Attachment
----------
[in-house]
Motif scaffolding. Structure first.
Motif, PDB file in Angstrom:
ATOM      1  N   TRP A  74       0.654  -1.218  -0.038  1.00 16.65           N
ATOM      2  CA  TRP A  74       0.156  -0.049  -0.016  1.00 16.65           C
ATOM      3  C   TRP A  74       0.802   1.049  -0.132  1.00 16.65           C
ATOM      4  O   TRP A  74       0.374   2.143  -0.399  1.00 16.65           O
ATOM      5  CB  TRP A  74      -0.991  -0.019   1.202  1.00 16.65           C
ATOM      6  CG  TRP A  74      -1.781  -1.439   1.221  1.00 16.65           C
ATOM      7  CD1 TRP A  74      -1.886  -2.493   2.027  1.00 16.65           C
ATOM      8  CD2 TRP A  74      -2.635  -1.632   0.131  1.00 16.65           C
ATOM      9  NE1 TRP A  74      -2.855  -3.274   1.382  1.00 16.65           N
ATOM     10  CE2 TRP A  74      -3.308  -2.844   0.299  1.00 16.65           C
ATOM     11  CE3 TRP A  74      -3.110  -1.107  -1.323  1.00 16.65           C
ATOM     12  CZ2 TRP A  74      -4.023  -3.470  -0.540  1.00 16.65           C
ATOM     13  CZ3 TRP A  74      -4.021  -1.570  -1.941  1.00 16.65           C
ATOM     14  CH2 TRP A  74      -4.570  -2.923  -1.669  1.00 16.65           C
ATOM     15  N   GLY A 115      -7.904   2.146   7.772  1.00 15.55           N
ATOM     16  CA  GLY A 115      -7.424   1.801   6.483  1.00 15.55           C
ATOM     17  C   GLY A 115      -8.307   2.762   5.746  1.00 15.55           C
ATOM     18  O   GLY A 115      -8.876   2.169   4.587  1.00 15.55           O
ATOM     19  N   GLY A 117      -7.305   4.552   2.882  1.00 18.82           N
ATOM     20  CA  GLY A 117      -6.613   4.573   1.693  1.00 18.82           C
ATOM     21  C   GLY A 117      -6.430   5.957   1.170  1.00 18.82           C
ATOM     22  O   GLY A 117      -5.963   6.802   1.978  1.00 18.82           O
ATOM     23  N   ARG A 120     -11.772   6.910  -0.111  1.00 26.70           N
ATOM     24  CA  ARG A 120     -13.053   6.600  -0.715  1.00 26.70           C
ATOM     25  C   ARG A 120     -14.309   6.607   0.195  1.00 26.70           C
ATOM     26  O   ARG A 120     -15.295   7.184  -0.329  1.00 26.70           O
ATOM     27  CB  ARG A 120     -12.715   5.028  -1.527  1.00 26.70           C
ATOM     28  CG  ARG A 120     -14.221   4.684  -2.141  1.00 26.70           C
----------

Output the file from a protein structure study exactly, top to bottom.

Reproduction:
[in-house]
Motif scaffolding. Structure first.
Motif, PDB file in Angstrom:
ATOM      1  N   TRP A  74       0.654  -1.218  -0.038  1.00 16.65           N
ATOM      2  CA  TRP A  74       0.156  -0.049  -0.016  1.00 16.65           C
ATOM      3  C   TRP A  74       0.802   1.049  -0.132  1.00 16.65           C
ATOM      4  O   TRP A  74       0.374   2.143  -0.399  1.00 16.65           O
ATOM      5  CB  TRP A  74      -0.991  -0.019   1.202  1.00 16.65           C
ATOM      6  CG  TRP A  74      -1.781  -1.439   1.221  1.00 16.65           C
ATOM      7  CD1 TRP A  74      -1.886  -2.493   2.027  1.00 16.65           C
ATOM      8  CD2 TRP A  74      -2.635  -1.632   0.131  1.00 16.65           C
ATOM      9  NE1 TRP A  74      -2.855  -3.274   1.382  1.00 16.65           N
ATOM     10  CE2 TRP A  74      -3.308  -2.844   0.299  1.00 16.65           C
ATOM     11  CE3 TRP A  74      -3.110  -1.107  -1.323  1.00 16.65           C
ATOM     12  CZ2 TRP A  74      -4.023  -3.470  -0.540  1.00 16.65           C
ATOM     13  CZ3 TRP A  74      -4.021  -1.570  -1.941  1.00 16.65           C
ATOM     14  CH2 TRP A  74      -4.570  -2.923  -1.669  1.00 16.65           C
ATOM     15  N   GLY A 115      -7.904   2.146   7.772  1.00 15.55           N
ATOM     16  CA  GLY A 115      -7.424   1.801   6.483  1.00 15.55           C
ATOM     17  C   GLY A 115      -8.307   2.762   5.746  1.00 15.55           C
ATOM     18  O   GLY A 115      -8.876   2.169   4.587  1.00 15.55           O
ATOM     19  N   GLY A 117      -7.305   4.552   2.882  1.00 18.82           N
ATOM     20  CA  GLY A 117      -6.613   4.573   1.693  1.00 18.82           C
ATOM     21  C   GLY A 117      -6.430   5.957   1.170  1.00 18.82           C
ATOM     22  O   GLY A 117      -5.963   6.802   1.978  1.00 18.82           O
ATOM     23  N   ARG A 120     -11.772   6.910  -0.111  1.00 26.70           N
ATOM     24  CA  ARG A 120     -13.053   6.600  -0.715  1.00 26.70           C
ATOM     25  C   ARG A 120     -14.309   6.607   0.195  1.00 26.70           C
ATOM     26  O   ARG A 120     -15.295   7.184  -0.329  1.00 26.70           O
ATOM     27  CB  ARG A 120     -12.715   5.028  -1.527  1.00 26.70           C
ATOM     28  CG  ARG A 120     -14.221   4.684  -2.141  1.00 26.70           C